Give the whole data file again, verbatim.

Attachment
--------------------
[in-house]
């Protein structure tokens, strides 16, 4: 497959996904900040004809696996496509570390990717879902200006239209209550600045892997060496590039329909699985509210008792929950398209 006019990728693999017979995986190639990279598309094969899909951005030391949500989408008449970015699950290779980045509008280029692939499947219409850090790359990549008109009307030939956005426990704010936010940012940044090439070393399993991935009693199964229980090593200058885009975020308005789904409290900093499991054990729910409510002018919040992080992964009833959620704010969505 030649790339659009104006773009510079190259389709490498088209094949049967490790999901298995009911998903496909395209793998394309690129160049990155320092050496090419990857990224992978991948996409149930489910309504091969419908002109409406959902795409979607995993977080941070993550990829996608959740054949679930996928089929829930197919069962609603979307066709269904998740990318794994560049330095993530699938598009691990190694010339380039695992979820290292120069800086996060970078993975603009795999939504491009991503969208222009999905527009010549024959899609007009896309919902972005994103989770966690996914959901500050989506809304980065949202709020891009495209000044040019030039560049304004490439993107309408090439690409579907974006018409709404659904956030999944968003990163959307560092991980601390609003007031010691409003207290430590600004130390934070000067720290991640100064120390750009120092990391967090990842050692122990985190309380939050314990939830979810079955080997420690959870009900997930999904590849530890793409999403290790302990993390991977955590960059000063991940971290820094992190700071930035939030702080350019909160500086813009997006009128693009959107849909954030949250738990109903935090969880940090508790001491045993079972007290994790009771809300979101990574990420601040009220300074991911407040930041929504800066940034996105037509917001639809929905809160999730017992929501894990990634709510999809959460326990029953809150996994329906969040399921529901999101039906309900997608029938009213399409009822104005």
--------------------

[in-house]
């Protein structure tokens, strides 16, 4: 497959996904900040004809696996496509570390990717879902200006239209209550600045892997060496590039329909699985509210008792929950398209 006019990728693999017979995986190639990279598309094969899909951005030391949500989408008449970015699950290779980045509008280029692939499947219409850090790359990549008109009307030939956005426990704010936010940012940044090439070393399993991935009693199964229980090593200058885009975020308005789904409290900093499991054990729910409510002018919040992080992964009833959620704010969505 030649790339659009104006773009510079190259389709490498088209094949049967490790999901298995009911998903496909395209793998394309690129160049990155320092050496090419990857990224992978991948996409149930489910309504091969419908002109409406959902795409979607995993977080941070993550990829996608959740054949679930996928089929829930197919069962609603979307066709269904998740990318794994560049330095993530699938598009691990190694010339380039695992979820290292120069800086996060970078993975603009795999939504491009991503969208222009999905527009010549024959899609007009896309919902972005994103989770966690996914959901500050989506809304980065949202709020891009495209000044040019030039560049304004490439993107309408090439690409579907974006018409709404659904956030999944968003990163959307560092991980601390609003007031010691409003207290430590600004130390934070000067720290991640100064120390750009120092990391967090990842050692122990985190309380939050314990939830979810079955080997420690959870009900997930999904590849530890793409999403290790302990993390991977955590960059000063991940971290820094992190700071930035939030702080350019909160500086813009997006009128693009959107849909954030949250738990109903935090969880940090508790001491045993079972007290994790009771809300979101990574990420601040009220300074991911407040930041929504800066940034996105037509917001639809929905809160999730017992929501894990990634709510999809959460326990029953809150996994329906969040399921529901999101039906309900997608029938009213399409009822104005």